These two FTSE 250 firms have promised copious cash payouts to their shareholders.
The past five years have been pretty tough for British housebuilders. First, after peaking in the summer of 2007, house prices fell steeply throughout the UK, before bouncing back in the spring of 2009.
Second, the number of property transactions is running at half its peak. In 2006-07, nearly 1.9 million UK properties worth at least £40,000 changed hands, but this figure has been below one million for the past three years.
A big boost for Berkeley
With prices falling and fewer sales taking place, you'd expect housebuilders to have taken a battering during the downturn since 2007. While this is certainly the case for weaker firms, some of which went bust, the biggest and best have continued to build on their established success.
For example, take Berkeley Group Holdings (LSE: BKG), the FTSE 250 firm founded by Tony Pidgley, whom I dubbed the 'prophet of property'. In the late stages of the Noughties property boom, most housebuilders were splashing their cash on over-priced land. Meanwhile, Berkeley was selling off its plots and building up a cash war chest to cope with the downturn correctly predicted by Pidgeley.
This morning, Berkeley issued a trading update for the four months from 1 November 2011 to 29 February 2012. Thanks to its focus on London and the South East, demand for Berkeley's residential property has been 'resilient' and in line with market conditions during 2011.
Berkeley claims that the "current constrained supply of quality new homes" around London places a premium on its properties and "maintains sales at previously achieved levels". Despite the weak economy, Berkeley's 'robust' trading performance has boosted cash due on forward sales to over £1 billion, versus £813 million as at 1 May 2011.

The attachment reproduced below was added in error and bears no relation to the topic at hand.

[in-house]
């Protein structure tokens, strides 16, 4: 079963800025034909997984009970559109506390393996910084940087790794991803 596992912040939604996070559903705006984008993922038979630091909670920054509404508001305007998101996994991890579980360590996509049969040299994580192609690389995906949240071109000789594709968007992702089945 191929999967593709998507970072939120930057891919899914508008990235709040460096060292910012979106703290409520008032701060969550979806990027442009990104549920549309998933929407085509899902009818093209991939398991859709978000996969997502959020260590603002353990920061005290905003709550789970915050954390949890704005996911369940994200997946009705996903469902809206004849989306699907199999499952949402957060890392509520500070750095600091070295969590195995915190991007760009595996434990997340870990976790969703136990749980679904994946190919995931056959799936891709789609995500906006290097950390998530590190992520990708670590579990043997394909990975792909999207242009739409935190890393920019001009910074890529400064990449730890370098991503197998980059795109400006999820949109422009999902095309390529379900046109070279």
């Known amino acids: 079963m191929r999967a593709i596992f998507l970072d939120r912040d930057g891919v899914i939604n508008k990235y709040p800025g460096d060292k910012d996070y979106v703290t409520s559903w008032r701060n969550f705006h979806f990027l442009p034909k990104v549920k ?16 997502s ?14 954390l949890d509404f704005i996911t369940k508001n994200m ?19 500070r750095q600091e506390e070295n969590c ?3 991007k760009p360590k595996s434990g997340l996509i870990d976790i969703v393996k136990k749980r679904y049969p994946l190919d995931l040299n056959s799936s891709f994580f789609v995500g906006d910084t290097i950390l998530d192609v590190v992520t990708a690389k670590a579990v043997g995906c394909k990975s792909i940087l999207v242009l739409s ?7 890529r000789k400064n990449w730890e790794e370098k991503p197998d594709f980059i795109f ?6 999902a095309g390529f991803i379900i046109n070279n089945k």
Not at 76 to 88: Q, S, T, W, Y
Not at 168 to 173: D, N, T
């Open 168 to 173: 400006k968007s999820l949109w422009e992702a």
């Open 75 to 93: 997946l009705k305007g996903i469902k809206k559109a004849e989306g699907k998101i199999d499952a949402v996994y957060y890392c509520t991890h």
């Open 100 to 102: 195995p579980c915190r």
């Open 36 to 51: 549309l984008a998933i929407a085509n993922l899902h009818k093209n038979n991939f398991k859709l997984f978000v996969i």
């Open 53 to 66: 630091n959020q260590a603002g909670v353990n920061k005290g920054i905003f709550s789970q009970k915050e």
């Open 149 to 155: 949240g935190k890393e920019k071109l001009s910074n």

Thanks to this flood of cash, Berkeley is selectively investing in land and new sites, spending £80 million in the period. Following this investment, Berkeley's net debt rose to £84 million, well below its credit line of £450 million.
Looking ahead, Berkeley expects to double its pre-tax profit to £220 million by April 2013, two years ahead of plan. In addition, it expects to add £3 billion to the value of its land bank by April 2015.
Thanks to its robust balance sheet and strong cash flow, Berkeley has laid plans to boost its shareholder returns through the payment of massive dividends. In fact, the firm intends to return £13 a share to its owners by September 2021, which adds up to £1.7 billion.
According to Berkeley's latest comments, the first dividend of £4.34 per share is scheduled to be paid no later than 30 September 2015. For this 10-year plan to succeed, Berkeley must make a consistent return on equity of at least 18.5%. It expects a pre-tax return on equity for 2011/12 of around 20.8%.
As I write, Berkeley shares change hands at 1,386p, down 8p, which values the group at nearly £1.9 billion. Thus, with almost its entire market value due to be paid out in cash dividends over the next decade, Berkeley trades on a premium price-to-earnings (P/E) ratio of 14.6. Clearly, I should have bought when I highly praised Berkeley in July 2010!
Persimmon pumps up its payout
Then again, Berkeley is not the only housebuilder to promise deep dividends to its owners. Only last month, Berkeley's main rival and market leader Persimmon (LSE: PSN) promised to return £1.9 billion to its shareholders. This windfall for Persimmon shareholders starts with a special dividend of 75p in June 2013, with 620p per share expected to be paid by 2021.
When this exciting news broke on 28 February, Persimmon's share price leapt by nearly 13% to 706.5p. As I write, it is 683p, which values the housebuilder at almost £2.1 billion. At this price, it trades on a forward P/E ratio of 15.1.
Show me the money
One of the criticisms often made of company directors is that they forget that they are mere managers and that it is shareholders who own these businesses. Perhaps the best way for directors to show that they understand this 'agency problem' is by maximising the cash returns to shareholders.
Both Berkeley and Persimmon intend to pay out the bulk of their current market values in dividends over the next decade. For me, this is a powerful demonstration of the confidence of their respective boards -- and of their current financial strength!
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